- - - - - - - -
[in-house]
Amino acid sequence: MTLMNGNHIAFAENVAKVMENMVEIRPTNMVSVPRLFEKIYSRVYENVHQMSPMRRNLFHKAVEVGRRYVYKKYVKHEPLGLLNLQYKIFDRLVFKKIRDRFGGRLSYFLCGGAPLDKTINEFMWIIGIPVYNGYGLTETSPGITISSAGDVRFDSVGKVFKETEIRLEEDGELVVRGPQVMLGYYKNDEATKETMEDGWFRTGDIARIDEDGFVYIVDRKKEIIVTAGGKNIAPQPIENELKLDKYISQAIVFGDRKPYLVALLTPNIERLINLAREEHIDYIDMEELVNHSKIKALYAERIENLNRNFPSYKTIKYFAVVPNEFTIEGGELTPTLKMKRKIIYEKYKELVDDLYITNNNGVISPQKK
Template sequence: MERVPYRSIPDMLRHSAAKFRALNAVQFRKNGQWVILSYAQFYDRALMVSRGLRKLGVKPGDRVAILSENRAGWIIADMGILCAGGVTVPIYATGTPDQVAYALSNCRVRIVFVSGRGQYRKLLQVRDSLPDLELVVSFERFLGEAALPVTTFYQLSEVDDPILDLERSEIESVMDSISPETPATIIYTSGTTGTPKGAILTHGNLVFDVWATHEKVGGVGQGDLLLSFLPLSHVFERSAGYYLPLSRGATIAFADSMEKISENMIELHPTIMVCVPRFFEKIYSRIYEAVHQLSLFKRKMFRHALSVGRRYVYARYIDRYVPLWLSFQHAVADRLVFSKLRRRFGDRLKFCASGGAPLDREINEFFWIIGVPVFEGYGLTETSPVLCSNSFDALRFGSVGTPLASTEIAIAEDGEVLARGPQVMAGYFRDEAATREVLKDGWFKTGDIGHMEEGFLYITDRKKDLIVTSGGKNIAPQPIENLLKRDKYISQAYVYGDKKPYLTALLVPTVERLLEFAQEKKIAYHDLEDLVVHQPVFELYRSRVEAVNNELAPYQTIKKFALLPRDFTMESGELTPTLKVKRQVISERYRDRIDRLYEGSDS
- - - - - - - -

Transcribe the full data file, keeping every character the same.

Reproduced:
[in-house]
Amino acid sequence: MTLMNGNHIAFAENVAKVMENMVEIRPTNMVSVPRLFEKIYSRVYENVHQMSPMRRNLFHKAVEVGRRYVYKKYVKHEPLGLLNLQYKIFDRLVFKKIRDRFGGRLSYFLCGGAPLDKTINEFMWIIGIPVYNGYGLTETSPGITISSAGDVRFDSVGKVFKETEIRLEEDGELVVRGPQVMLGYYKNDEATKETMEDGWFRTGDIARIDEDGFVYIVDRKKEIIVTAGGKNIAPQPIENELKLDKYISQAIVFGDRKPYLVALLTPNIERLINLAREEHIDYIDMEELVNHSKIKALYAERIENLNRNFPSYKTIKYFAVVPNEFTIEGGELTPTLKMKRKIIYEKYKELVDDLYITNNNGVISPQKK
Template sequence: MERVPYRSIPDMLRHSAAKFRALNAVQFRKNGQWVILSYAQFYDRALMVSRGLRKLGVKPGDRVAILSENRAGWIIADMGILCAGGVTVPIYATGTPDQVAYALSNCRVRIVFVSGRGQYRKLLQVRDSLPDLELVVSFERFLGEAALPVTTFYQLSEVDDPILDLERSEIESVMDSISPETPATIIYTSGTTGTPKGAILTHGNLVFDVWATHEKVGGVGQGDLLLSFLPLSHVFERSAGYYLPLSRGATIAFADSMEKISENMIELHPTIMVCVPRFFEKIYSRIYEAVHQLSLFKRKMFRHALSVGRRYVYARYIDRYVPLWLSFQHAVADRLVFSKLRRRFGDRLKFCASGGAPLDREINEFFWIIGVPVFEGYGLTETSPVLCSNSFDALRFGSVGTPLASTEIAIAEDGEVLARGPQVMAGYFRDEAATREVLKDGWFKTGDIGHMEEGFLYITDRKKDLIVTSGGKNIAPQPIENLLKRDKYISQAYVYGDKKPYLTALLVPTVERLLEFAQEKKIAYHDLEDLVVHQPVFELYRSRVEAVNNELAPYQTIKKFALLPRDFTMESGELTPTLKVKRQVISERYRDRIDRLYEGSDS